Investors Continue Revolt Against NYT

Despite its best efforts, the New York Times Company continues to find itself plagued by wave after wave of investor complaints spurred on by the fact that the company's shares have fallen from near $50 to just under $16 since 2004.

First it was Morgan Stanley's audacious attempt to end the Times's dual-class share system which enables the radical leftist Sulzberger family to continue running the paper into the ground by giving it almost-exclusive control of the NYT Co.'s board of directors. Now comes news that two large Times investors are nominating their own members of the company's board, without prior approval from Arthur "Pinch" Sulzberger:

A pair of investors disclosed plans Monday to name their own slate of four directors at The New York Times Co., saying the current board hasn't acted aggressively enough to meet the demands of the rapidly changing media industry.

The investors, Firebrand Partners and Harbinger Capital Partners, laid out their position in a letter to Times' Chairman Arthur Sulzberger Jr. and CEO Janet Robinson. The letter, dated Sunday, was disclosed in a regulatory filing Monday. [...]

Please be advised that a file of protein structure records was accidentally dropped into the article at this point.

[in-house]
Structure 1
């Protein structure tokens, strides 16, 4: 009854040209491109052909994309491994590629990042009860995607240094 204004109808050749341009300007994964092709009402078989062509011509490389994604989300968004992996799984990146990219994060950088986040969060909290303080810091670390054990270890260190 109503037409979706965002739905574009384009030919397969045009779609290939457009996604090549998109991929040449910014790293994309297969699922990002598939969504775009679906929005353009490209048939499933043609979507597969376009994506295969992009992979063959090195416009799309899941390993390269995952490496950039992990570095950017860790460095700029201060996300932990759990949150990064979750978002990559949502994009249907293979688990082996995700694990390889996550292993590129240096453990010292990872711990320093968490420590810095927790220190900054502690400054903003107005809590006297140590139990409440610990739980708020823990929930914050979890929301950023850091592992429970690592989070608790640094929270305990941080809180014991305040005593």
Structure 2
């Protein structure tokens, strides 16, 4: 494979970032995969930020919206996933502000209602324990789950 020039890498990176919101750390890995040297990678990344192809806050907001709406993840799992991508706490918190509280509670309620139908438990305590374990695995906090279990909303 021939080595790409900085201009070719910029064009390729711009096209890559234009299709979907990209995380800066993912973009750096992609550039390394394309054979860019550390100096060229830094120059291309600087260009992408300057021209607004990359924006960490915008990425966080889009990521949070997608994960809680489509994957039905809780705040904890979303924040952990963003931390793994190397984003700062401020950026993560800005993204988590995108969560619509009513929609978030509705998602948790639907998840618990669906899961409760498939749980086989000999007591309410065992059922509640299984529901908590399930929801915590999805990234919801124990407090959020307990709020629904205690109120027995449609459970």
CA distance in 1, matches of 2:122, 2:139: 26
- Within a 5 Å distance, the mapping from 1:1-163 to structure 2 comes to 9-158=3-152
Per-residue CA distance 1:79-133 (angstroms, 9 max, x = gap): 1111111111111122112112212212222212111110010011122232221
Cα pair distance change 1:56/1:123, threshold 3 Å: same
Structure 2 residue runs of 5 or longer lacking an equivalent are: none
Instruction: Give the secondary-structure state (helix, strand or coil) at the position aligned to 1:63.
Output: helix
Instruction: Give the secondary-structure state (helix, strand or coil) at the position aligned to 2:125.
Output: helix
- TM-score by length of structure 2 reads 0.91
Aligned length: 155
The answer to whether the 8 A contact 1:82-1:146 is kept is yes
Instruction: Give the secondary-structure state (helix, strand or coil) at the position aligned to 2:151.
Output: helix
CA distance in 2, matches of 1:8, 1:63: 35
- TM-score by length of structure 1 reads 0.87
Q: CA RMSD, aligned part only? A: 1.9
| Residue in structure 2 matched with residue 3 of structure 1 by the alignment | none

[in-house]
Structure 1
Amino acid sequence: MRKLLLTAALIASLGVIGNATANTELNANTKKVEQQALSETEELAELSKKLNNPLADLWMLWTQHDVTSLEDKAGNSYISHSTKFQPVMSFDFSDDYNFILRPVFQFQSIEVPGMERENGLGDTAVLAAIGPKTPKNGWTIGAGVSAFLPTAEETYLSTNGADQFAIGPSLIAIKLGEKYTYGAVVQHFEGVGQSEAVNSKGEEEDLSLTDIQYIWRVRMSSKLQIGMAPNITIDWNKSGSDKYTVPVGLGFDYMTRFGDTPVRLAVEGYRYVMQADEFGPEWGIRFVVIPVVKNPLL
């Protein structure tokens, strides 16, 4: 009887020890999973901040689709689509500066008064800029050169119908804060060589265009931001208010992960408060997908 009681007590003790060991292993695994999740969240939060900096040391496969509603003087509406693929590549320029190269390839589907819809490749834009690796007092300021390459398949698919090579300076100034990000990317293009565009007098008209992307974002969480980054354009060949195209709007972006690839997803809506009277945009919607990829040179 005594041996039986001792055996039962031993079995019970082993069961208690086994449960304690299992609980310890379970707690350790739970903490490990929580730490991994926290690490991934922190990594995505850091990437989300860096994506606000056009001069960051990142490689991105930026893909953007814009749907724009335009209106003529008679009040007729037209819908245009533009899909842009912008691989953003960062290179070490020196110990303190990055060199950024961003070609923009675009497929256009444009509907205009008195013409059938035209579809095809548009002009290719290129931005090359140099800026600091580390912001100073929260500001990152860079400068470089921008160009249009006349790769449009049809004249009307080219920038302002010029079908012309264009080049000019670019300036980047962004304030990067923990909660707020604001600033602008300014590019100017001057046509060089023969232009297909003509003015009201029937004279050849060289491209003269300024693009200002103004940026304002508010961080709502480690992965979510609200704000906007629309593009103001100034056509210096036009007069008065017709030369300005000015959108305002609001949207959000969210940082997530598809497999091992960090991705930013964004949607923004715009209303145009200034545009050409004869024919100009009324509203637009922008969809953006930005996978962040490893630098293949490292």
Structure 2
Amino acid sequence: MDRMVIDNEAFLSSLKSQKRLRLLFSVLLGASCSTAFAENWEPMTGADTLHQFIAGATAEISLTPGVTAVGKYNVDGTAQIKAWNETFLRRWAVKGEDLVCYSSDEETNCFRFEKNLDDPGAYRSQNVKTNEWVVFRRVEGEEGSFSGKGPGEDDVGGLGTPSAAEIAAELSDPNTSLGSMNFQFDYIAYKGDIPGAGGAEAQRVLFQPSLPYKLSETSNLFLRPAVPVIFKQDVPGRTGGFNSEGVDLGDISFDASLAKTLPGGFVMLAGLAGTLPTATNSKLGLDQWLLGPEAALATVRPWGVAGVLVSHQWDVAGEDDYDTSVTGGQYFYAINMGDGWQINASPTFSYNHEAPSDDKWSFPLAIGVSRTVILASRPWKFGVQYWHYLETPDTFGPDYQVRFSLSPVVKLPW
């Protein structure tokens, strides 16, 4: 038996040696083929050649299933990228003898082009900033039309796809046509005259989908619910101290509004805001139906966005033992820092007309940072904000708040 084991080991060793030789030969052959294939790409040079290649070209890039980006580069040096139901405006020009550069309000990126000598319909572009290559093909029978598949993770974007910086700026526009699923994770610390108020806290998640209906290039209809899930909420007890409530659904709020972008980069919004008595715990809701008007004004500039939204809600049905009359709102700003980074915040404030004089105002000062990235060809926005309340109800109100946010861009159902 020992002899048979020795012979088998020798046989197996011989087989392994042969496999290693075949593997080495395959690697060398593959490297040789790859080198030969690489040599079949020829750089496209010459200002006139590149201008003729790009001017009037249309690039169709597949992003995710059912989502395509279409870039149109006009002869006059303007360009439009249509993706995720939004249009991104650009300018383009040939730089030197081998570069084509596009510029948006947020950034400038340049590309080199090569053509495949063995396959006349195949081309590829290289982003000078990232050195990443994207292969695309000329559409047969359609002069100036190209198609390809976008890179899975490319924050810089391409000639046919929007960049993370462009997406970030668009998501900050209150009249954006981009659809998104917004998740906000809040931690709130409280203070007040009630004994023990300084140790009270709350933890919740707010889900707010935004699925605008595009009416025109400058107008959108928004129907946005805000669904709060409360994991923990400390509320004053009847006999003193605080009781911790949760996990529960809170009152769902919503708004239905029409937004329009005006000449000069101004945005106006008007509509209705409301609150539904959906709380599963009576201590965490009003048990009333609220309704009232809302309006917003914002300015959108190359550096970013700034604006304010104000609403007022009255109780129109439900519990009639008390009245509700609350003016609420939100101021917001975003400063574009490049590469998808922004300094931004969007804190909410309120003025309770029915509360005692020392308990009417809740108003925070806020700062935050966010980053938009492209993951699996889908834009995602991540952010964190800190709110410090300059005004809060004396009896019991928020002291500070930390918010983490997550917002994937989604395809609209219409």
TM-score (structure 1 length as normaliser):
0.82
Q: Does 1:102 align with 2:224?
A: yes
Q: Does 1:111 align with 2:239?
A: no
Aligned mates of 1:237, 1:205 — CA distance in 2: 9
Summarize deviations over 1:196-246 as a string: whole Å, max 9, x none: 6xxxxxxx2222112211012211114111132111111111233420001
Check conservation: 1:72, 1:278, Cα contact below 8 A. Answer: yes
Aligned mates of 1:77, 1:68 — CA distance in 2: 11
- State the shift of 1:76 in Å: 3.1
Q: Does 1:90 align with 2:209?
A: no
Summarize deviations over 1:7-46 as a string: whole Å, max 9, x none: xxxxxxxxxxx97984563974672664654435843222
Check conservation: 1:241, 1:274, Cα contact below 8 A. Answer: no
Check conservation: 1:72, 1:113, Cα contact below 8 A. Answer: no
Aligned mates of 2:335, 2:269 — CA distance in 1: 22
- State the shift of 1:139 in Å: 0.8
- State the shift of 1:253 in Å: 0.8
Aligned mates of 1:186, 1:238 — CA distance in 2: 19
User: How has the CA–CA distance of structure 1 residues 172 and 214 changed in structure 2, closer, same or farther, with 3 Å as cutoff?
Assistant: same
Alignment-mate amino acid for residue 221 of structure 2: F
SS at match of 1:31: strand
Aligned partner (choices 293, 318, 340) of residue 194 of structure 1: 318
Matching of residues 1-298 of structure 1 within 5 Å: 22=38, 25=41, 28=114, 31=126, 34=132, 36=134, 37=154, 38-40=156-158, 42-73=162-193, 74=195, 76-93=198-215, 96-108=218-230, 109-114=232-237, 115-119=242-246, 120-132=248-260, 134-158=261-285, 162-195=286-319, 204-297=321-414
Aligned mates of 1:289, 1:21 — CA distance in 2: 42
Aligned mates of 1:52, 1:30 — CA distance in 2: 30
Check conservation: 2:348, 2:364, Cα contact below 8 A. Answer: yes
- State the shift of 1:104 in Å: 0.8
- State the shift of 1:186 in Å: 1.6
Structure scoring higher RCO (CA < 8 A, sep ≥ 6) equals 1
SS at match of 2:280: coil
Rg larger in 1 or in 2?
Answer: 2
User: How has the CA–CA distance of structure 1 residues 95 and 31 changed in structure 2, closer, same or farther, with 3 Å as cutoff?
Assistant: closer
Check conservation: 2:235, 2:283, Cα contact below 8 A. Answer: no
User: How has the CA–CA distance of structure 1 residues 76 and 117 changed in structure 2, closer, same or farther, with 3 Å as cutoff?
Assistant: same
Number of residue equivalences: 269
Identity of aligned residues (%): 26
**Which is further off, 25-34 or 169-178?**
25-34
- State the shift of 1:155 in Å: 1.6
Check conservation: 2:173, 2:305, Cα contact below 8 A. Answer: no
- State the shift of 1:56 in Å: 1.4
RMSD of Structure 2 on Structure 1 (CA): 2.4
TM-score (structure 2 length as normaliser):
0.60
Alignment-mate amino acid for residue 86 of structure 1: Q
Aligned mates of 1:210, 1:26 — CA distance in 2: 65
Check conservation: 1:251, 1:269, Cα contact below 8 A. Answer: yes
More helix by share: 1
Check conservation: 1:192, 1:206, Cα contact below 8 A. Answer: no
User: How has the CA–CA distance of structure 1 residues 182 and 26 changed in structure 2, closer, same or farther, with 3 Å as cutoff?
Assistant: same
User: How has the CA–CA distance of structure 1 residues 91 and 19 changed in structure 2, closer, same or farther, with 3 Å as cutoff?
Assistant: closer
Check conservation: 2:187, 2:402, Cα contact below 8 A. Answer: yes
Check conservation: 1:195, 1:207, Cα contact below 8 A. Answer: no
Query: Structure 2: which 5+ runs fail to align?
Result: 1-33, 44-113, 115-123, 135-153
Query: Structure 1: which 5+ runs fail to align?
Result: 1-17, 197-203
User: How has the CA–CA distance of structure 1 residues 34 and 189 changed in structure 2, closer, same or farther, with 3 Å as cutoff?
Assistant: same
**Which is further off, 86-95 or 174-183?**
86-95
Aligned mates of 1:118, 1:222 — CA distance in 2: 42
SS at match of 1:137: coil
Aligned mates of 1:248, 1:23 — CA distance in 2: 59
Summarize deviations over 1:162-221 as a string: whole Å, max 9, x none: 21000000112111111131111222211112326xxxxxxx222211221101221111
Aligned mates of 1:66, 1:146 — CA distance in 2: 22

Firebrand Partners's founder Scott Galloway said in his letter that he and Harbinger had no intention of changing the Times' two-class share structure, which allows the Sulzberger family to maintain control of the company.

But Galloway added that the current board, "while impressive in stature, has not been effective in inspiring the requisite bold action this media environment demands."

Galloway said in his letter that he wanted to meet with Times managers to discuss an "optimal capital structure" for the company and to find a way to transform the Times "from a low growth company to a robust firm that is both the newspaper of record and the most trusted starting point on the Internet."

Imagine that: Actual capitalism instead of crony capitalism at America's self-proclaimed "paper of record." Three cheers for Firebrand Partners and Harbinger Capital Partners.

Hat tip: DrewM.

Corporate Liberalism New York Times Media Business
Matthew Sheffield's picture